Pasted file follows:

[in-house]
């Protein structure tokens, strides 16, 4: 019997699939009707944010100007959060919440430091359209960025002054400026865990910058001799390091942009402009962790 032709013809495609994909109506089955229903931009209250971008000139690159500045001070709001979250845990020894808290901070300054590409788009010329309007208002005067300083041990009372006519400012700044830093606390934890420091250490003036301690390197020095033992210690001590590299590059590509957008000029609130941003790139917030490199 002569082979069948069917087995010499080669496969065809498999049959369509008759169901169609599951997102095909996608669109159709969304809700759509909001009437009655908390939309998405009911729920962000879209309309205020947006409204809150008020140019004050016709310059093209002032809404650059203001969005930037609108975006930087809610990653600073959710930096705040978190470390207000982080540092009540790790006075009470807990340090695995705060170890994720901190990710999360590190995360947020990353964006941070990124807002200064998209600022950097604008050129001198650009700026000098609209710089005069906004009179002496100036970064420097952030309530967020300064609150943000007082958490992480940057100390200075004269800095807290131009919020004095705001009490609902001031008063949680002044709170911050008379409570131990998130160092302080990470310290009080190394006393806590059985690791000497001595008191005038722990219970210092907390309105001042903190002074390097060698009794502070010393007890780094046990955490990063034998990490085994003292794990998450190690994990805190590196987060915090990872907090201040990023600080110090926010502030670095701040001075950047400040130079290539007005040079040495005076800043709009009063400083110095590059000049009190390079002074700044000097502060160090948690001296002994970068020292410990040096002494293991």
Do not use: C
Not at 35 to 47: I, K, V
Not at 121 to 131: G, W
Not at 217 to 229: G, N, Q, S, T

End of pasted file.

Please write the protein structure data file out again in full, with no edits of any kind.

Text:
[in-house]
């Protein structure tokens, strides 16, 4: 019997699939009707944010100007959060919440430091359209960025002054400026865990910058001799390091942009402009962790 032709013809495609994909109506089955229903931009209250971008000139690159500045001070709001979250845990020894808290901070300054590409788009010329309007208002005067300083041990009372006519400012700044830093606390934890420091250490003036301690390197020095033992210690001590590299590059590509957008000029609130941003790139917030490199 002569082979069948069917087995010499080669496969065809498999049959369509008759169901169609599951997102095909996608669109159709969304809700759509909001009437009655908390939309998405009911729920962000879209309309205020947006409204809150008020140019004050016709310059093209002032809404650059203001969005930037609108975006930087809610990653600073959710930096705040978190470390207000982080540092009540790790006075009470807990340090695995705060170890994720901190990710999360590190995360947020990353964006941070990124807002200064998209600022950097604008050129001198650009700026000098609209710089005069906004009179002496100036970064420097952030309530967020300064609150943000007082958490992480940057100390200075004269800095807290131009919020004095705001009490609902001031008063949680002044709170911050008379409570131990998130160092302080990470310290009080190394006393806590059985690791000497001595008191005038722990219970210092907390309105001042903190002074390097060698009794502070010393007890780094046990955490990063034998990490085994003292794990998450190690994990805190590196987060915090990872907090201040990023600080110090926010502030670095701040001075950047400040130079290539007005040079040495005076800043709009009063400083110095590059000049009190390079002074700044000097502060160090948690001296002994970068020292410990040096002494293991």
Do not use: C
Not at 35 to 47: I, K, V
Not at 121 to 131: G, W
Not at 217 to 229: G, N, Q, S, T